Ex-Marshal Anderson from Outlaws is an interesting example. He gunned down a suspect in cold blood, was called out on it, and was fired. However, when we meet Anderson, he fully accepts that it was right to fire him and that officers of the law have to follow the law, and is very quick to put down anyone who says otherwise.
Case 5 of Phoenix Wright Ace Attorney features Jake Marshall, a cop who's dedicated himself to finishing his personal investigation of his brother's murder, no matter what rules he has to break or who he brings down. He also wears a poncho and ten-gallon hat, decorates his office with cacti and speaks in a 19th-century Western dialect, all for no reason that anyone can figure out, making him both an example and a parody of the trope. He's not even from Texas.
Ace Attorney Investigations plays with this with Detective Tyrell Badd, who despite his badassery tends to obey orders and do things by the book even when he finds it distasteful. Except for that whole Yatagarasu thing.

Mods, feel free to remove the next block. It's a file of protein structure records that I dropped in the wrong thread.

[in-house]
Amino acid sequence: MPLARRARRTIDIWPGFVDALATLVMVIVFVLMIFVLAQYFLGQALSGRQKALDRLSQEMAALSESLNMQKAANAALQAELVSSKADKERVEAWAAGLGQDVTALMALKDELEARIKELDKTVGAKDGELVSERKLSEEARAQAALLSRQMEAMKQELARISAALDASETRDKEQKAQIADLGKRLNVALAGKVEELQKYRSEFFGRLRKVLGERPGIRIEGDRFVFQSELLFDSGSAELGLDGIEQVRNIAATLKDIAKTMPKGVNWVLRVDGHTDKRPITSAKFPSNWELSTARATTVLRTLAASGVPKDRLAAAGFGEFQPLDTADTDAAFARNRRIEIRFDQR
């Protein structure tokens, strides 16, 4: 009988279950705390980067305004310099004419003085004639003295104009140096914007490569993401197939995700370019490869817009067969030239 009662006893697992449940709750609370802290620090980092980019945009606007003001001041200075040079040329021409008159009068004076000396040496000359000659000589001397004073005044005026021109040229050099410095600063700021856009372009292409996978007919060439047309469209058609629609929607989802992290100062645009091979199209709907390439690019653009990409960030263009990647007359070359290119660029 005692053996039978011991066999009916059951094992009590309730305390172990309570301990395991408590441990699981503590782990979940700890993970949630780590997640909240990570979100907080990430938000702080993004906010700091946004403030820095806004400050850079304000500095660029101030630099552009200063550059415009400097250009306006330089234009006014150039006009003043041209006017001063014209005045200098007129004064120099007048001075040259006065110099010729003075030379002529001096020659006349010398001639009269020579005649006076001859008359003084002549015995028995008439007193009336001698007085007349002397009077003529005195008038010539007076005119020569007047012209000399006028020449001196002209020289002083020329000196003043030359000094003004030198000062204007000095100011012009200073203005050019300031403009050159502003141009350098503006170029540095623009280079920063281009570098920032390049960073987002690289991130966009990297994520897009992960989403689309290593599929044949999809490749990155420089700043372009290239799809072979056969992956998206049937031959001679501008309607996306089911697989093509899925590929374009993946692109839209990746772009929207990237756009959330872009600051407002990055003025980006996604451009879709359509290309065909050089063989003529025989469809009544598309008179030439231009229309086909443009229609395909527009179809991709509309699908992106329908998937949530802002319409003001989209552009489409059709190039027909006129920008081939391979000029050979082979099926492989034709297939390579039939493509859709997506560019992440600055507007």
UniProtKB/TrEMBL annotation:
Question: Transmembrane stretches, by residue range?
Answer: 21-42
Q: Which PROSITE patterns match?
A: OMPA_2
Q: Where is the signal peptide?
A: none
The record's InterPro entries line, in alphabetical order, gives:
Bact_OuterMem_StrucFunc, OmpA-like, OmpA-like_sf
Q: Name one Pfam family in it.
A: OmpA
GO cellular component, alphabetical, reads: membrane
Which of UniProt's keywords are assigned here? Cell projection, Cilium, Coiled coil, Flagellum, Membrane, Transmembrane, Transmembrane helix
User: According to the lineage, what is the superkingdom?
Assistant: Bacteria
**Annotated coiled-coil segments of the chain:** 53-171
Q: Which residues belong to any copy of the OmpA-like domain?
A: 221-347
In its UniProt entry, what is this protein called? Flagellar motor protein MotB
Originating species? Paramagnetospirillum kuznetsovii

In SWAT 4, acting like you are in Rainbow Six or Ghost Recon where you shoot the criminals without them firing back can get you plenty of "Unauthorized use of Lethal Force". in the elite difficulties, this hits even harder as the death of more than 2 suspects is an automatic mission failure.
Mocked in a Heavy update for Team Fortress 2. After eating a sandwich (long story), the Heavy sometimes says, "You're a loose cannon, sandvich, but you're a damn good cop!" Made hilariously literal here.
Velasquez of Traffic Department 2192 takes this trope and runs with it. She has no sense of professionalism, displays no concern for protecting the innocent, disobeys orders in order to kill more baddies, and primarily interacts with her colleagues and superiors through Ineffectual Death Threats (or effectual death threats.) Yet she can face twenty better-armed opponents and kill them all, and until such time as order can be restored her superiors have no choice but to keep her around, no matter how much they hate her guts.
True Crime: Streets of LA opens with Nick Kang coming back from suspension for his Cowboy Cop antics. It is his shoot-first-ask-questions-later nature that gets him invited to join the Elite Operations Division: to get the kinds of crooks the EOD goes after, it takes cops that aren't afraid to bend, or even break, the rules.